Also on the Red & Black web site are two other items about drinking, including one about a student who kicked in the door to an apartment. I am not sure how to get the message that drinking, if done at all, ought to be in moderation.

According to the Red & Black:

Daniel Burnett, editor in chief of The Red & Black, has submitted a letter of resignation stemming from an incident in which he was asked to leave the University President’s Box during Saturday’s …

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When teachers cuss. And students hear.


A New York City teacher is fighting a $15,000 fine for using the word “cono” (COHN’-yoh) in his classroom. He is arguing that while the word’s literal translation may mean female sexual organs, it can also mean other things that are less controversial and fit for classroom use.

I wrote a print column a while back about classroom language after a local teacher told a fourth grader to stop “acting like a retard.” I’ve never been troubled by reports that a teacher slipped up and muttered a “damn” or worse when a chair fell over or a finger got slammed in a drawer. But I was troubled over this because I find “retard”  hurtful.

However, others disagreed, explaining that the teacher might have been trying to talk to the children in their own vernacular. Maybe the teacher knew that kids used that term when a classmate acted goofy, so she was conveying her disapproval in their terms.

I understand the adult struggle to relate to teens, whose language can be described as salty. (A …

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DeKalb faces challenges in upcoming redistricting

Redistricting is a chilling experience for everyone involved, the affected families and the school administrators. It’s especially true when families feel they are being drawn out of a beloved school or feeder system.

That is a deep concern in north DeKalb, where parents are gathering tonight at a redistricting meeting at Henderson Middle School at 6:30. Parents in the Leafmore neighborhood fear the possibility that they will be shifted from the Oak Grove/Henderson/Lakeside feeder system to the Sagamore/Shamrock/Druid Hills system.

At this point, DeKalb is in the discussion and planning stages of redistricting. As the recent school closing hearings in DeKalb demonstrated, parents will rise up quickly even at the suggestion that their children could be tapped for redistricting.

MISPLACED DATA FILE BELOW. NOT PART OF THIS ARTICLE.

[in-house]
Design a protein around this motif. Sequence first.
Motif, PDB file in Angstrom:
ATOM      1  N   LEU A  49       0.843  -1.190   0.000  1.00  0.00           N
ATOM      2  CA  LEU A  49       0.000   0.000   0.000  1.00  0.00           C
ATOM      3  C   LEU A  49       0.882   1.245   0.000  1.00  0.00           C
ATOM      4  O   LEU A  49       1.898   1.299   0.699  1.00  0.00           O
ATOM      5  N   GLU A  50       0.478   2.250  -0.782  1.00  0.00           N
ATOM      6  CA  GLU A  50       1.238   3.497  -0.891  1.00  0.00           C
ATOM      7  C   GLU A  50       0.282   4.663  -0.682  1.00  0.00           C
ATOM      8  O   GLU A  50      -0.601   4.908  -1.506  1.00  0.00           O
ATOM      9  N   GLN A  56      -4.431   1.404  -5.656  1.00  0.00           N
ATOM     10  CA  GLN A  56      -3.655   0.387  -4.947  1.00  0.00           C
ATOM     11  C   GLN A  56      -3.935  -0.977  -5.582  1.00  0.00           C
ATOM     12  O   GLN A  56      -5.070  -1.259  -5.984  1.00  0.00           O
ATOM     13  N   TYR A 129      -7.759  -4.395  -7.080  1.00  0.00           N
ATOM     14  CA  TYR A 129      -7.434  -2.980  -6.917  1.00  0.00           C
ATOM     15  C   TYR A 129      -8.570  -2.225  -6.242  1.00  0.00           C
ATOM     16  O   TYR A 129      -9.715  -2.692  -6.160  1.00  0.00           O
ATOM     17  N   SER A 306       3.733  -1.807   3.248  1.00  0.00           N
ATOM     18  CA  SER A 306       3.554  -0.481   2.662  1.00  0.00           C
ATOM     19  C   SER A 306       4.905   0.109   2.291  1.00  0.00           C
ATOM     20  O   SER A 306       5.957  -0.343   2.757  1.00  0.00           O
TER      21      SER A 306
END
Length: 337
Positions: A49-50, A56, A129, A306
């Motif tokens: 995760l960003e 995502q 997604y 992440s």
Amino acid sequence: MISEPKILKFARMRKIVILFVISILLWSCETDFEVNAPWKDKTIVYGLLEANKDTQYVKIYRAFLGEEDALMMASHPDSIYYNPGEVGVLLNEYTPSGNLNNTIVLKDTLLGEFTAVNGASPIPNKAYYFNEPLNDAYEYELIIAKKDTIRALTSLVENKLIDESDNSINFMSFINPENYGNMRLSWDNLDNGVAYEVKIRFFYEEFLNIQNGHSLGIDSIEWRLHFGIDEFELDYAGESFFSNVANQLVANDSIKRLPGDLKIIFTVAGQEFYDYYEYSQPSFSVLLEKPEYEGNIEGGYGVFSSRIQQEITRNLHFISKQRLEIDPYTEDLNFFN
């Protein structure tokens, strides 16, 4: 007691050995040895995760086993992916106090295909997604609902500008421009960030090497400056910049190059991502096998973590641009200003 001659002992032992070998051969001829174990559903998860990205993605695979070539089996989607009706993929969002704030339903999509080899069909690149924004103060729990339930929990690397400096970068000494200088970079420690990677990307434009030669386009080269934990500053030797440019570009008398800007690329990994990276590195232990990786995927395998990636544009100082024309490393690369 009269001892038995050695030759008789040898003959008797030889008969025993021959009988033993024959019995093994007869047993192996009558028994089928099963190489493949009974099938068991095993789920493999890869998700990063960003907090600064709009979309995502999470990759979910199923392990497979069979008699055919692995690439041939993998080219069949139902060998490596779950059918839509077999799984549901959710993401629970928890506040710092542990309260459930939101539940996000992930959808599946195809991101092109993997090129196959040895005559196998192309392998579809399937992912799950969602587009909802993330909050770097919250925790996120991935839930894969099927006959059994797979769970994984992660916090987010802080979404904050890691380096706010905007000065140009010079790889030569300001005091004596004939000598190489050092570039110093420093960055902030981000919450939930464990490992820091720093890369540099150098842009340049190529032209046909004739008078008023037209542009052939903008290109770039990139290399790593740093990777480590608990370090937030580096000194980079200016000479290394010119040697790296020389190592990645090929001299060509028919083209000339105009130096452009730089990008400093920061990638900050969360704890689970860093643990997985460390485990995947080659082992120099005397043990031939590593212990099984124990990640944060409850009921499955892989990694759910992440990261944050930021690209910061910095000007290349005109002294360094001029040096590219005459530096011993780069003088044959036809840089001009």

The challenge in DeKalb County is that growth has slowed in the south end of the county, which had been a hotbed of new housing a few years ago. During the school closing hearings, system officials …

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Teachers on a paper trail. Does it lead to greater learning?

One of the surprises in talking to teachers over the years is that their biggest complaint is not unruly students or uninvolved parents. What really discourages teachers is the paperwork, the ever-increasing and ever-changing litany of demands from the central office, state agencies and federal government to fill out this form and churn out that report.

Across grades, systems and states, teachers are overwhelmed by the pressure to submit detailed lesson plans, agendas and daily goals. A survey earlier this year of 43,000 Maryland teachers found that while they are generally happy with their class sizes and teaching conditions, they despair over all the paperwork.

A 1987 study found that teachers on average spent eight hours a week on paperwork. The hours may well be higher now since many current school reform models seem to measure success by the stacks of reports produced.

The emphasis on relentlessly documenting their every move in the classroom whittles away at their …